129 Position Lock, slot (L)
131 N/A
133 Mechanism, Roll up
133R Retainer Tube
133S Screen-Mounting Slot
134 Hole, Support idler
135 Slot, Rectangular Tensioner
136 N/A
137 Spring, Tensioner
138 Spring Retainer
139 Support Pin
140 Battery
141 Power Supply
143 USB/1394 Interface
145 I/O Panel (Connectors)
147 Radio Interface
149 Processor Module
149D Touch Screen Digitizer
149M Memory Module
151 OLED Display Driver
153 Screen Support Mechanism
154 Operator's Hand
155 Slats (Screen support)
157 Scrimshaw (Backing)
158 Attachment Points (X 2)
159 Strap, Compensator (L + R)
161 Under-liner
163 Backlight
165 OLED Screen
167 Touch Screen
169 Protective Cover
170 Adapter Mounting Cup
171 Pin
172 Arm Adapter
174 Flexible Arm
176 Arm Adapter
178 Belt Adapter Base
179 Battery Mount
179B Battery
180 Belt
182 Operator
184 System Bus
186 Antenna
188 Indicator Dotted Line
190 Space for device 192
192 Cell or PDA Device
194 Data Cable
196 Video Cable
198 Power Cable

DETAILED DESCRIPTION

FIG. 1 is a perspective drawing of a Roll Out Touch Screen Support System housing in accordance with this invention, showing the front, side and base of the housing. Shown in this basic configuration a protective housing 101 contains the roll out screens and support electronics. Housing 101 has a slot 103 (shown under screen 107) that runs the length of housing 101 to facilitate the screen deployment and stowing. A support Arm 105 (right) and a support arm 106 (left) are shown folded in and when deployed will provide support when swung out for a roll out screen 107. A pull handle 108 is provided to enable deployment of screen 107.

FIG. 2 is a perspective drawing of a Roll Out Touch Screen Support System housing in accordance with this invention, including a typical configuration and mounting. Housing 101 has added to it devices as might typically be included in a rolled up (screen not deployed) application. Specifically, an auxiliary view-port 109 allows viewing of a portion of screen 107 when stowed inside housing 101. This allows display of a picture 111 (such as in teleconferencing), an area for virtual (soft control) navigation 113 (for web browsing and data navigation), an area for an enunciator list 115 (i.e. notes, to do list etc.), an area for a virtual keypad 117 (dialing, data entry, etc.). Additional functions include a camera 110, a set of speakers 112 (one or more, left and right), and a microphone 114. In this view a Roll Out Touch Screen Support System presents the operator with a functional collection of devices for mobile computing.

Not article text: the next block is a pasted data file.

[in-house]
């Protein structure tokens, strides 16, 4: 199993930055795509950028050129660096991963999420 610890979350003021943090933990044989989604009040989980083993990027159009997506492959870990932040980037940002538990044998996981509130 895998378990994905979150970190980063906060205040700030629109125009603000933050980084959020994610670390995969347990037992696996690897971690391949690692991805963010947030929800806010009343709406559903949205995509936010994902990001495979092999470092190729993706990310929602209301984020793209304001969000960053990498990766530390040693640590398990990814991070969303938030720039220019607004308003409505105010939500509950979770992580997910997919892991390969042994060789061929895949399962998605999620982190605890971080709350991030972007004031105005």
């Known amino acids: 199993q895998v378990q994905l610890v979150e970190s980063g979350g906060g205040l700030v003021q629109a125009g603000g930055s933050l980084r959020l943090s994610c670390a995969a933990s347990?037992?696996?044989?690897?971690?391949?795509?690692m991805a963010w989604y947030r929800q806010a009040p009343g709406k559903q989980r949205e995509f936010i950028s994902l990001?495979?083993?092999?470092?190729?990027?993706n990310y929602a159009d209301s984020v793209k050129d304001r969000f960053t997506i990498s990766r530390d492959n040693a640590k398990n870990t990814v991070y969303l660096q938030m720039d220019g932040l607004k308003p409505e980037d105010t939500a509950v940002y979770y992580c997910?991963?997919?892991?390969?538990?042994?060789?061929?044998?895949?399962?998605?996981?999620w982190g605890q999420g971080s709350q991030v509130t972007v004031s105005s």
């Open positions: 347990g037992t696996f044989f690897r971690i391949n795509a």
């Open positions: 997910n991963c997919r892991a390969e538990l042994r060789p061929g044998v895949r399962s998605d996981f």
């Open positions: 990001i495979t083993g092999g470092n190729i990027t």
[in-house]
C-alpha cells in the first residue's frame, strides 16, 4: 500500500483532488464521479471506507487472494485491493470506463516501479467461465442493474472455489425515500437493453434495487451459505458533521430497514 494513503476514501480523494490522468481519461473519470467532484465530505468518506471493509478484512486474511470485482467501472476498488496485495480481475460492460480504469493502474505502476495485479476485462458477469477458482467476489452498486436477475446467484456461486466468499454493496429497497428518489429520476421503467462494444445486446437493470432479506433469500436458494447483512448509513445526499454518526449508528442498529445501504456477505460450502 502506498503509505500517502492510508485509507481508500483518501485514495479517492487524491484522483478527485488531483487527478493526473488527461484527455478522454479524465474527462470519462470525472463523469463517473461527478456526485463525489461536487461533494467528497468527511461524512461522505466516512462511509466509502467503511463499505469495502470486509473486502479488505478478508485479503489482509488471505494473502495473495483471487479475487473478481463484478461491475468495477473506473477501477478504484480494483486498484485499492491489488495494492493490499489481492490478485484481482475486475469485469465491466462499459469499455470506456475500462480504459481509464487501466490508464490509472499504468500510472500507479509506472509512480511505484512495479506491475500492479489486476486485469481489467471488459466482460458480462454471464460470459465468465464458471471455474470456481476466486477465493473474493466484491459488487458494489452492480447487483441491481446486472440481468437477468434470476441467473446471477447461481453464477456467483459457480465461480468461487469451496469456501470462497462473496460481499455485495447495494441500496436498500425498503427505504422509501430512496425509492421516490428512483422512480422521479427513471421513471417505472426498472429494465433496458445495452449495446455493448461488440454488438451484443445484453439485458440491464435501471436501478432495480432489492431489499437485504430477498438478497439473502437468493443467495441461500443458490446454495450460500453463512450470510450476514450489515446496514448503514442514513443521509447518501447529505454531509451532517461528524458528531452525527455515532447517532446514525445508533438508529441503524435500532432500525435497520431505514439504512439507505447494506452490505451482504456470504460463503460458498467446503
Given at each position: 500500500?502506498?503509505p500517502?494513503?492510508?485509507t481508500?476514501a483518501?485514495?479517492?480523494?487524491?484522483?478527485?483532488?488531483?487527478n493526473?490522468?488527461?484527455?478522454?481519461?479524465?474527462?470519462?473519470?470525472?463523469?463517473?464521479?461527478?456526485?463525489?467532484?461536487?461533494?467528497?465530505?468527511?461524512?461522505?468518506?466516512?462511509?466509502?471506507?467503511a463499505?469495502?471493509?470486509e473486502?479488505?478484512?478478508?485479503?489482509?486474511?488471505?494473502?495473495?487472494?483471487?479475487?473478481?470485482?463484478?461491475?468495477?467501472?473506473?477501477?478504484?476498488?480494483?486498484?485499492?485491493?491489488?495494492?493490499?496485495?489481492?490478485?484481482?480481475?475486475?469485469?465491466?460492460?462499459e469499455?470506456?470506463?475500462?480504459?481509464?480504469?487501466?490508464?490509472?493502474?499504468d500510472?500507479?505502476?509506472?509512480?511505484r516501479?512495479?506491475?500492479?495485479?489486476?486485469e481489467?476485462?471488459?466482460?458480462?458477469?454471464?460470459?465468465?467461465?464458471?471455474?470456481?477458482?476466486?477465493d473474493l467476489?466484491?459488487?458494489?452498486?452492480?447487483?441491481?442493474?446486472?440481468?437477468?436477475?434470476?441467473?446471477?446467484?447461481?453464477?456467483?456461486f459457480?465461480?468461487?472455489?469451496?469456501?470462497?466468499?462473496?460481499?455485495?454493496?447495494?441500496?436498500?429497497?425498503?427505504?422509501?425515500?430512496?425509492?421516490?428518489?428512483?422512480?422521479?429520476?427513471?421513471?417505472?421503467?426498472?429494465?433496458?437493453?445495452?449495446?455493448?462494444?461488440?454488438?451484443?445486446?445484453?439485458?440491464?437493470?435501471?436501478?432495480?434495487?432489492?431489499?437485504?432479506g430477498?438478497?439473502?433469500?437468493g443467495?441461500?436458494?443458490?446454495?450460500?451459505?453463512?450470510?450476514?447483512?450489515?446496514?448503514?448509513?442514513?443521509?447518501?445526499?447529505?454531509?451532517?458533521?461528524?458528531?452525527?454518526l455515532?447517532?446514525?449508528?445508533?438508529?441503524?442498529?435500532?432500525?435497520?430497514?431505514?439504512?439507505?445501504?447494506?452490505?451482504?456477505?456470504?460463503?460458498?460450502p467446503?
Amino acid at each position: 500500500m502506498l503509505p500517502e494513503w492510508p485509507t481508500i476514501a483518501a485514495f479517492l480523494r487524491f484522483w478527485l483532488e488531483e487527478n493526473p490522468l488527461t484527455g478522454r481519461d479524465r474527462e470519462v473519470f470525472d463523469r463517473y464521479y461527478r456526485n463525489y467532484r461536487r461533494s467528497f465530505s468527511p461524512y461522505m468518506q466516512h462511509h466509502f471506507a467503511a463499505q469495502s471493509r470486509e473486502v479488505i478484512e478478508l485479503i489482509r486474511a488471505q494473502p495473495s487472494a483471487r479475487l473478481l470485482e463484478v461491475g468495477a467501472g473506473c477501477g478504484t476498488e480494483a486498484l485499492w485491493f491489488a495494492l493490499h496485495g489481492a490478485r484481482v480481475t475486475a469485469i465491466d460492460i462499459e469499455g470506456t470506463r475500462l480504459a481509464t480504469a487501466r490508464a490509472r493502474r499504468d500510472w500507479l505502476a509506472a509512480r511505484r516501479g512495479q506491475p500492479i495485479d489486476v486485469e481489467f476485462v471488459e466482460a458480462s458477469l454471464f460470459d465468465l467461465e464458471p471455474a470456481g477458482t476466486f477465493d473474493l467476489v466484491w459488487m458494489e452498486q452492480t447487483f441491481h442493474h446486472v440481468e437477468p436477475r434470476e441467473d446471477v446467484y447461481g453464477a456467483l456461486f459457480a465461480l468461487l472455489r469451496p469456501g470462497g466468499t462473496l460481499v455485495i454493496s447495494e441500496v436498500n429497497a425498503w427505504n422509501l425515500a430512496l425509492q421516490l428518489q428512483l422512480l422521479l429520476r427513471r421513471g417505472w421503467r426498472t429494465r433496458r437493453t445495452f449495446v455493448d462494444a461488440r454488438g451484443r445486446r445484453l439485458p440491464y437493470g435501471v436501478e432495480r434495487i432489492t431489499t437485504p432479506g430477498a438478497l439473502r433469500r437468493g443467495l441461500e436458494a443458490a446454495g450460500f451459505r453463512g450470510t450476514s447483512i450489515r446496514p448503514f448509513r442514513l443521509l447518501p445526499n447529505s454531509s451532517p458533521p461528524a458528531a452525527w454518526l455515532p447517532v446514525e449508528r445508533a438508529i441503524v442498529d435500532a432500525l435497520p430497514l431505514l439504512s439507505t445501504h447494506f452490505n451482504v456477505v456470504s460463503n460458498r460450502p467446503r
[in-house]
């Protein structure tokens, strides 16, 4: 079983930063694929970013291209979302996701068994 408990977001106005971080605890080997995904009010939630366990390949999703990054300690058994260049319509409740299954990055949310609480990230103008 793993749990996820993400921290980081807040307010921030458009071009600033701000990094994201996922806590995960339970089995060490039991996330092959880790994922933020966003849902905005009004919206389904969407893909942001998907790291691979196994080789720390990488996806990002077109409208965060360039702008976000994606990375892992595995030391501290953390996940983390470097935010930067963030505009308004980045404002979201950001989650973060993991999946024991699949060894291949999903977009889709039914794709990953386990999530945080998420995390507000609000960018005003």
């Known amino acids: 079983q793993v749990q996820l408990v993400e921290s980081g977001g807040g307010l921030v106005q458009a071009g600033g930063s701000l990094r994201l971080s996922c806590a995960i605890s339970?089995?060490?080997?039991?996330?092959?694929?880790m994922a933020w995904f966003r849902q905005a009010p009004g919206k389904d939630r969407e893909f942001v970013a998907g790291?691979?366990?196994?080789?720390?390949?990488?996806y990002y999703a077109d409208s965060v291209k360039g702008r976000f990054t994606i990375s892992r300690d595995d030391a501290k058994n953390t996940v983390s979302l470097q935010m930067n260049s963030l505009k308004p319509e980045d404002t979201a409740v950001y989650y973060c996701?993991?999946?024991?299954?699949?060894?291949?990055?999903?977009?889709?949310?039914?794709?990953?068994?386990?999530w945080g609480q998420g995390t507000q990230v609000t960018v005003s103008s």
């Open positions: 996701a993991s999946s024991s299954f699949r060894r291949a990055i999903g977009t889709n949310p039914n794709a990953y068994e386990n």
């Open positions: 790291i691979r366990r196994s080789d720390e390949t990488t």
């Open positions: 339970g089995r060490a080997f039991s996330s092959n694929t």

FIG. 3 is a perspective drawing of a Roll Out Touch Screen Support System housing in accordance with this invention, with touch screen support arms open. Housing 101 is shown with support arms 105 and 106 telescoped out or deployed revealing a support hinge 123 (right) and support hinge 125 (left). In this configuration the roll out screen 107 will be supported by arms 105 and 106 when deployed. Position locking slot 127 (right) and position locking slot 129 (left) are provided to secure screen 107 by capturing handle 108 with a handle end 108L (left) and handle end 108R (right). Arms 105 and 106 can be rotated to desired opening and secure screen at selected viewing size. A simple cam follower arrangement can be used to synchronize deploying arms 105 and 106 with handle 108 enabling a single motion to deploy screen 107 and telescope arms 105 and 106. A rotary potentiometer sensor 123S such as P12426CT from www.digikey.com is mounted below hinge 123 to inform an OLED display driver 151 (FIG. 6A), how large to make screen viewing area As an example if arm 105 is folded in against housing 101 sensor 123S reads 0 and driver 151 will only illuminate the area of viewport 109 (FIG. 2) or minimum. Video drive flexibility will allow screen to be configured as PDA, cell phone (with soft keys) or as operator requires. Returning to FIG. 3, when arm 105 is partially extended sensor 123S reads 50% value and display driver 151 illuminates ½ or medium display on screen 107. When arm 105 is fully telescoped out sensor 123S reads 100% of value and display driver 151 illuminates entire display on screen 107 (as in FIG. 4) or maximum. As in FIG. 2 driver 151 will allow operator to select and customize display functions as required by tasks or needs of operator.

FIG. 4 is a perspective drawing of a Roll Out Touch Screen Support System housing in accordance with this invention, where arms 105 (shown below screen 107) and 106 are open and screen 107 is extended for use. Housing 101 is shown with screen 107 deployed out over arm 106 with handle 108 and end 108L holding screen 107 in slot 129 (not visible is end 108R is secured in slot 127). Handle 108 is shown held in position by slots 127 and 129.

FIG. 5 is a perspective drawing of a Roll Out Touch Screen Support System housing in accordance with this invention, with touch screen support arms open and OLED screen and touch panel extended and rotated for alternative orientation. Housing 101 is shown with arm 106 extended and displaying a greek'ing (pseudo characters, not meant to be read, merely indicators) as in FIG. 4 with 90-degree rotation of screen 107 characters. This feature, provided by most video driver chip sets (typically called landscape; while a portrait configuration is default), allows greater flexibility and adaptation to various tasks. A soft-key arrangement located within viewport 109 will enable operators to select and assign video driver to viewing orientation (landscape or portrait) and arrangement or function to best facilitate task support. In this illustration view port 109 and screen 107 greek'ing in display are reassigned as for such as chart monitoring. Additionally, driver 151 (FIG. 6A) will allow deployed screen 107 to be viewed as a keyboard and data may be entered through touching virtual keys with a touch screen 167 (FIGS. 8A and 8B). Returning to FIG. 5 screen 107 may be configured as a drawing review, correction, updating device allowing field personal to display and review complete drawings in the field for remote input and updating. Further, driver 151 will allow information displayed on screen 107 to be rotated for personal viewing or collaborating with others, such as in the field where differences in “as built” structures and drawing specifics discussions.